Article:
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Rock Climbing Photo: Rick Wyatt, first pitch in 1978...note the old scr...
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By John Ross
From: Wasatch Front, UT
Apr 6, 2008

This photo shows some history: The two gray slings (1" tubular webbing using the inside-outside water knot), an alpine axe, some other ancient axe, bunch of ovals, strap-on crampons, the gators, the helmet, and of course the old ice screws. Are those snowmobile boots? Man, bold climbers back then.
By Leo Hski
Jun 2, 2008
The "other ancient axe" is a Pterodactyl, invented in the mid '70s to be swung in the narrow confines of Scottish gullies. Commonly known as a "terror" at the time. It was incredibly better than most other tools of the time, when Chouinard was writing books about how the gentle curve of his picks mimicked the natural arc of an axe swing and educating us all in the French terms for various cramponing techniques. No disrespect to Yvon- it's just a very intererest contrast in styles between the Californians and Scots.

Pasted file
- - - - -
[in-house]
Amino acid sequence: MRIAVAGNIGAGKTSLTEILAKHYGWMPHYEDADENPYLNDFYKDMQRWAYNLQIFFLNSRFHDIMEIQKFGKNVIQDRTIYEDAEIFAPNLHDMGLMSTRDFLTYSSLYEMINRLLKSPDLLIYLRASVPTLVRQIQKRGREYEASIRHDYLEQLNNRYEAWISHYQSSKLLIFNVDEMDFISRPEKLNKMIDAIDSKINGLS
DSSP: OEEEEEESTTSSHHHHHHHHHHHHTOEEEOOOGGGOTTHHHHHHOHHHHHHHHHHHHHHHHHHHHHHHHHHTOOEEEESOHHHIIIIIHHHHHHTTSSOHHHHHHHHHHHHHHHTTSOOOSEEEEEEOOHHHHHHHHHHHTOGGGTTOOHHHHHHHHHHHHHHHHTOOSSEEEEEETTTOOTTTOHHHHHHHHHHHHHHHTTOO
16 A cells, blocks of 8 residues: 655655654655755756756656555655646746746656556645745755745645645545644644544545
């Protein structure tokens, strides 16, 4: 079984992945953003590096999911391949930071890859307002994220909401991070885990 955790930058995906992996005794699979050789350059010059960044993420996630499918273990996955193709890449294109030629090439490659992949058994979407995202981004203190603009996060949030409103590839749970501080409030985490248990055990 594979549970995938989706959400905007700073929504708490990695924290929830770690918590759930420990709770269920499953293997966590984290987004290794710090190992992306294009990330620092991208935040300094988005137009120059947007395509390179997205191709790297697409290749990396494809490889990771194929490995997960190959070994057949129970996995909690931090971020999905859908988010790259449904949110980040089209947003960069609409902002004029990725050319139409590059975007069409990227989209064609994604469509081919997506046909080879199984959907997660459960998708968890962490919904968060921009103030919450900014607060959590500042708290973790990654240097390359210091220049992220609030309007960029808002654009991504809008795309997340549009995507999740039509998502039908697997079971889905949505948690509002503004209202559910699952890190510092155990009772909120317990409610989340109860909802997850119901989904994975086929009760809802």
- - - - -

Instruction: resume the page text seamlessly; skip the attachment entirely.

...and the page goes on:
Meanwhile Hamish McInnis put a mean drop angle on a short pick, mounted it to a short metal oval tube handle. It worked superbly on Scottish ice in the gullies and and vertical frozen turf on the buttresses. Also kept the evil forces at bay in Glaswegian bar fights.

I still have one- maybe I'll break it out next season.
By Burt Lindquist
From: Madison, WI
Sep 4, 2008
A swami belt only with no leg loops....

Yikes! Don't fall. Well on the other hand... it's ice climbing... and in the '70s... don't fall for whatever reason.
By Ty Harlacker
From: Albuquerque, NM
Jun 5, 2011
This will become great inner monologue for me when I'm bitching out. I can hear it now: "God-dammit Ty, don't be such a p~$$y; think about leading this on nail-in screws, a swami belt, and goldline." ... I guess it's nylon rope, but you get the idea.
From: Alpine, Utah and Almo, Idaho
Feb 26, 2012
Classic Smoot and Wyatt. Probably same trip you guys nailed Bridal Veil in Telluride.
By Mark Lewis
From: Salt Lake City, Utah
Mar 15, 2013
Amazing to check out his gear, contrasted with what we use today. Bold indeed!
By Benjamin Chapman
From: Small Town, USA
Jan 17, 2017
Indeed bold. The Pterodactyl is classic.
By Chris Owen
From: Big Bear Lake
May 17, 2017
I think they were called "Terrordactyls".

Photo 2 of 33
Avg Score   4.9 from 18 votes
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Rick Wyatt, first pitch in 1978...note the old screws.... He never placed any, it was too thin.

Submitted By: bsmoot on Feb 25, 2008
On this route:
Ames Ice Hose (WI5 M6 R )
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